An international survey on AI in radiology in 1041 radiologists and radiology residents

The paper summarises the results of an extensive survey answered by more than a thousand radiologists. The answers show that AI is expected to change the future of radiology within 10 years and it will most likely act as a second reader. Radiologists remain concerned about ethical and legal issues brought forward by this technology

An international survey on AI in radiology in 1041 radiologists and radiology residents part 2

Merel Huisman, Erik Ranschaert, William Parker, Domenico Mastrodicasa, Martin Koci, Daniel Pinto de Santos, Francesca Coppola, Sergey Morozov, Marc Zins, Cedric Bohyn, Ural Koç, Jie Wu, Satyam Veean, Dominik Fleischmann, Tim Leiner & Martin J. Willemink 

Background and purpose Currently, hurdles to implementation of artificial intelligence (AI) in radiology are a much-debated topic but have not been investigated in the community at large. Also, controversy exists if and to what extent AI should be incorporated into radiology residency programs.

Methods Between April and July 2019, an international survey took place on AI regarding its impact on the profession and training. The survey was accessible for radiologists and residents and distributed through several radiological societies. Relationships of independent variables with opinions, hurdles, and education were assessed using multivariable logistic regression.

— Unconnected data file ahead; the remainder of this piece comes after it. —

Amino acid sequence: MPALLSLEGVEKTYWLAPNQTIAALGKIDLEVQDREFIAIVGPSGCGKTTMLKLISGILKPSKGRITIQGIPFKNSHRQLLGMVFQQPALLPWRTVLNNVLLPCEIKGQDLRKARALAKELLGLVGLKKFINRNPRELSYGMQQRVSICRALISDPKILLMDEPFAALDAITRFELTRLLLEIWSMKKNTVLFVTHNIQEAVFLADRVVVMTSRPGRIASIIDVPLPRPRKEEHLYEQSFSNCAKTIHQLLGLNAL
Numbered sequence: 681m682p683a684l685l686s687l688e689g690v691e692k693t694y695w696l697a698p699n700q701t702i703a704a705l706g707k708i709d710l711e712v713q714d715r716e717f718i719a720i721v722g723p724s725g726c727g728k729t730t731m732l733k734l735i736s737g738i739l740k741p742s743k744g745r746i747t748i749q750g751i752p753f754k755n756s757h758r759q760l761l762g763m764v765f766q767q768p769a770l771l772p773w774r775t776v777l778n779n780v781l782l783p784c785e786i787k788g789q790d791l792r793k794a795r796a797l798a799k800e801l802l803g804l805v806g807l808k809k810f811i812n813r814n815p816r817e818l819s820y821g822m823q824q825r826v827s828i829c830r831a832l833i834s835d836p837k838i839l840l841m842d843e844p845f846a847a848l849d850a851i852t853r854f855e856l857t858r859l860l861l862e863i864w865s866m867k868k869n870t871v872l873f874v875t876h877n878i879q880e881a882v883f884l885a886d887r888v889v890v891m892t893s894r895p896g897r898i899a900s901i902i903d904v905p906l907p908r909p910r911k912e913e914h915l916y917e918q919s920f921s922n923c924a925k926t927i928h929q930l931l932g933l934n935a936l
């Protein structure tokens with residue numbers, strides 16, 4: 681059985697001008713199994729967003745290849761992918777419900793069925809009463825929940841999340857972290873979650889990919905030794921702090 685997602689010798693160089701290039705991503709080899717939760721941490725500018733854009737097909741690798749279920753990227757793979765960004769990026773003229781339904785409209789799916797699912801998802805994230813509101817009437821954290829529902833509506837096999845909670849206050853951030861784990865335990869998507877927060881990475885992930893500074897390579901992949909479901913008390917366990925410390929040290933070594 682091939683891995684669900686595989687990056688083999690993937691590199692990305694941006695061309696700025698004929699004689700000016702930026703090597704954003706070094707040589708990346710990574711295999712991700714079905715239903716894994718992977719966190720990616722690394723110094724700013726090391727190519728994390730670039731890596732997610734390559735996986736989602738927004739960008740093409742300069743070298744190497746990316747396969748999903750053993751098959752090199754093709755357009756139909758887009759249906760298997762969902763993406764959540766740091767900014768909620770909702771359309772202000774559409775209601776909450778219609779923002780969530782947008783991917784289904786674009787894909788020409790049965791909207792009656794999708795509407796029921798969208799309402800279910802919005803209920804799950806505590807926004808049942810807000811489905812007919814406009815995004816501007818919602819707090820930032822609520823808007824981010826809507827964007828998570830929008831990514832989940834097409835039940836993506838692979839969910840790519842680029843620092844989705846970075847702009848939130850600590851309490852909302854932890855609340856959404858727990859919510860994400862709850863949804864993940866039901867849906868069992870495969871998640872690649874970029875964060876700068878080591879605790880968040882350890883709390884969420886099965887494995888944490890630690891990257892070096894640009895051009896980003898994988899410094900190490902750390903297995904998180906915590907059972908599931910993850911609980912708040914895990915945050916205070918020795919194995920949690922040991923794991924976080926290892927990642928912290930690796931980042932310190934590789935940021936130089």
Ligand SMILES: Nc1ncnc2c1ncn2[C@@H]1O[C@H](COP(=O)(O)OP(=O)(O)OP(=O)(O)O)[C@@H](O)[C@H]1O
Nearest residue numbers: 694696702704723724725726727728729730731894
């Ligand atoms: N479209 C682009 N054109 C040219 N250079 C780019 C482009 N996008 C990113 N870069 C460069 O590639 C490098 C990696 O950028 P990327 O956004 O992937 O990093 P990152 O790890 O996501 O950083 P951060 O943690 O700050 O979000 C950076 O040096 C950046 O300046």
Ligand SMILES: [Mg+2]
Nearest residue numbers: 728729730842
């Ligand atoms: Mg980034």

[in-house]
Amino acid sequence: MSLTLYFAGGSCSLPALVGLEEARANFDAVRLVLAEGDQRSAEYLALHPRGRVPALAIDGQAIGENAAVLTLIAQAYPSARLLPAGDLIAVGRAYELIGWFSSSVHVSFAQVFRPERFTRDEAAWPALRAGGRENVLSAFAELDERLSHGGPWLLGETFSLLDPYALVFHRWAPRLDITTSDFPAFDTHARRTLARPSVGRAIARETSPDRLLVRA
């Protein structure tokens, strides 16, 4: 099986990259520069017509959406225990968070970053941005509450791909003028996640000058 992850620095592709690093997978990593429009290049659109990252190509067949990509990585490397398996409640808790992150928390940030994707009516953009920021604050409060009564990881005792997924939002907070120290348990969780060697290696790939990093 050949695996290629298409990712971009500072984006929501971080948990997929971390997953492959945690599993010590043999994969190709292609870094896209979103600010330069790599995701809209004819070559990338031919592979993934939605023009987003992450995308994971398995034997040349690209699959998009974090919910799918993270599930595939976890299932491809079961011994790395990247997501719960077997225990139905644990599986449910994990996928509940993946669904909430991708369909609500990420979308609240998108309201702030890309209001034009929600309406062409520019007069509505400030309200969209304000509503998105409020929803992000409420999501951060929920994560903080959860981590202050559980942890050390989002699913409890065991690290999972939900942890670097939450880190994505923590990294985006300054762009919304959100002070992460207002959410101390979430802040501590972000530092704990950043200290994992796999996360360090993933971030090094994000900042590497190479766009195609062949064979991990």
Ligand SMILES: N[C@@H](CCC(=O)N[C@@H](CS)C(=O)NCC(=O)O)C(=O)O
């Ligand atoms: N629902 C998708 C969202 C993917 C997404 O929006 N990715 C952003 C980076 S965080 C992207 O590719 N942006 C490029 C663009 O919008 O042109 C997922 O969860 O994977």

Results The survey was completed by 1041 respondents from 54 countries. A majority (n = 855, 82%) expects that AI will cause a change to the radiology field within 10 years. Most frequently, expected roles of AI in clinical practice were second reader (n = 829, 78%) and work-flow optimization (n = 802, 77%). Ethical and legal issues (n = 630, 62%) and lack of knowledge (n = 584, 57%) were mentioned most often as hurdles to implementation. Expert respondents added lack of labelled images and generalizability issues. A majority (n = 819, 79%) indicated that AI should be incorporated in residency programs, while less support for imaging informatics and AI as a subspecialty was found (n = 241, 23%).

Conclusions Broad community demand exists for incorporation of AI into residency programs. Based on the results of the current study, integration of AI education seems advisable for radiology residents, including issues related to data management, ethics, and legislation.

Read the full paper here:

Huisman, M., Ranschaert, E., Parker, W. et al. An international survey on AI in radiology in 1041 radiologists and radiology residents part 2: expectations, hurdles to implementation, and education. Eur Radiol (2021).

At NICO.LAB we believe connecting human & artificial intelligence will revolutionize emergency care. In an environment where time is so critical, using an AI solution to reduce the time to diagnosis and facilitate fast image exchange can really make every difference to a patients outcome as well as the radiologists workload. More education around the security, ethics and legal policies in the future would help to reduce hesitation around implementation.

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